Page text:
The Agenda 👇
Author Diana Lind on the future of housing 🎧
Is Amazon left-wing or right-wing? Actually, it’s a bit of both
Will the gig economy get its social contract? I’ve written so much on that topic
As proven by successful vaccination campaigns, you shouldn’t centralize everything
Today’s episode of the Building Bridges podcast is a conversation between my wife Laetitia Vitaud and Diana Lind, author of the remarkable Brave New Home: Our Future in Smarter, Simpler, Happier Housing.
We all sense how housing is a cornerstone of our social contract. In most countries, a house is many things at the same time: a shelter for one’s family, but also an investment for old age as well as collateral against which we can borrow and consume.
As a result, we shouldn’t be surprised by the following: on one hand, the shift to the Entrepreneurial Age is a direct challenge for housing as we know it; on the other hand, it’s very difficult to change anything in housing because it’s so ingrained in our culture, our collective psyche, and our social contract.
The pandemic has been revealing in this regard. With many schools closed and many people stuck at home, there has been a widespread realization that the housing market doesn’t really match our needs and expectations anymore.
The model of a single-family home, which became dominant during the post-war period, is ill-designed for today’s economy. Two-income households, longer life expectancy, less predictable careers, more and more jobs (whether high-skill or low-skill) concentrated in urban areas: all of these call for a dramatic upgrade of the housing market and our very conception of ‘home’.
It so happens that history is the most fertile ground there is to help us broaden our perspective when it comes to housing. By going into the past, we can see that communal housing, short-term rentals for highly mobile workers, and multi-generational households were the norm in the vibrant cities of the 19th century. What if those are a frontier we should try and (re-)explore?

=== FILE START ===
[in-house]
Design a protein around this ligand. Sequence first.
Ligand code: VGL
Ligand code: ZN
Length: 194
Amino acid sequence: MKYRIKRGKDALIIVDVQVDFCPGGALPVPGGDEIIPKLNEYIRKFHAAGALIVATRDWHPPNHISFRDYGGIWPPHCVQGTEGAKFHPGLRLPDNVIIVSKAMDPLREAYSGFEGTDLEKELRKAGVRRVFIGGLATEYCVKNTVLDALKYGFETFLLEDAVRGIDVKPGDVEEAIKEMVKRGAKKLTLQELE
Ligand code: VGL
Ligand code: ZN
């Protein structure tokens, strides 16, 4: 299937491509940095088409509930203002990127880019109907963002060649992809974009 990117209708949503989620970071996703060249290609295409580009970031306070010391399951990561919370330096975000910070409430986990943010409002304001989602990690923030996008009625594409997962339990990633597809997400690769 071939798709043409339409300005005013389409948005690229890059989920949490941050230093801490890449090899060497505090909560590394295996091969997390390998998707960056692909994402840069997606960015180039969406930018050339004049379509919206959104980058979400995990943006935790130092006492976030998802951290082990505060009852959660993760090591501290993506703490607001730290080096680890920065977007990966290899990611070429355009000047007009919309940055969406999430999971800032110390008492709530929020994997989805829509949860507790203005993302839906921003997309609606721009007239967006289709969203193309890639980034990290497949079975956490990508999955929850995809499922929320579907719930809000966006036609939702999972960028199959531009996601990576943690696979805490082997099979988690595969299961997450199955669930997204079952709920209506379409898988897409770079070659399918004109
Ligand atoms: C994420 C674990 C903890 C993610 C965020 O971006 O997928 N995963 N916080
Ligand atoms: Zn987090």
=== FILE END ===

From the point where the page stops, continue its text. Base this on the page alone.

Indeed, in her landmark book Brave New Home, Diana Lind acts as a guide to the history of housing and reveals that what we take for granted is in fact very recent and very dependent on a specific cultural and political context. Thus our vision of housing is also much more precarious than many people assume. It could very well be that the pandemic, as an accelerant of the shift to a new techno-economic paradigm, marks the end of housing as we know it—and the beginning of a new approach to providing shelter, investing in assets, and living together in our more urban world.
📦 Amazon’s Strange Politics
The past few weeks have seen some heated commentary regarding Amazon and a union drive at its Alabama fulfillment center. As someone who supports both a strong social safety net and admires Amazon’s performance as a company, I understand how people can be surprised at the contrast: Amazon has generally progressive cultural and political legacy, but now it’s taking a turn toward defending its interests as a now highly labor-intensive business.
Amazon’s position is unusual indeed. When we step back, most businesses in the past have moved being labor-intensive to being capital-intensive industries, becoming able to produce just as much, if not more, with a smaller and smaller workforce. On the other hand, very few corporations have gone the other way like Amazon, and this might explain the company’s strange politics.
In any case, it’s clear that balances must be struck. There are industries in which capital is unable to replace labor, for instance in proximity services where many workers are on the front lines interacting with many customers. And then there are industries in which capital can exist on its own, creating a highly stratified world of a few haves and many have-nots. And so the question is there: can we as a society (and Amazon as a company) have the best of both worlds?
👉 I reflect on the current situation and capitalism’s politics in Amazon’s Strange Politics.
🚲 All About the Gig Economy
Reflecting on labor-intensive industries and the spectacle of the Deliveroo IPO led me to think that collecting together resources on the “gig economy” could be quite timely. I started by noting, however, that I don’t particularly use that term (except with the associated quotation marks) since I think it’s about much more than that, namely the entire world of flexible work powered by tech platforms.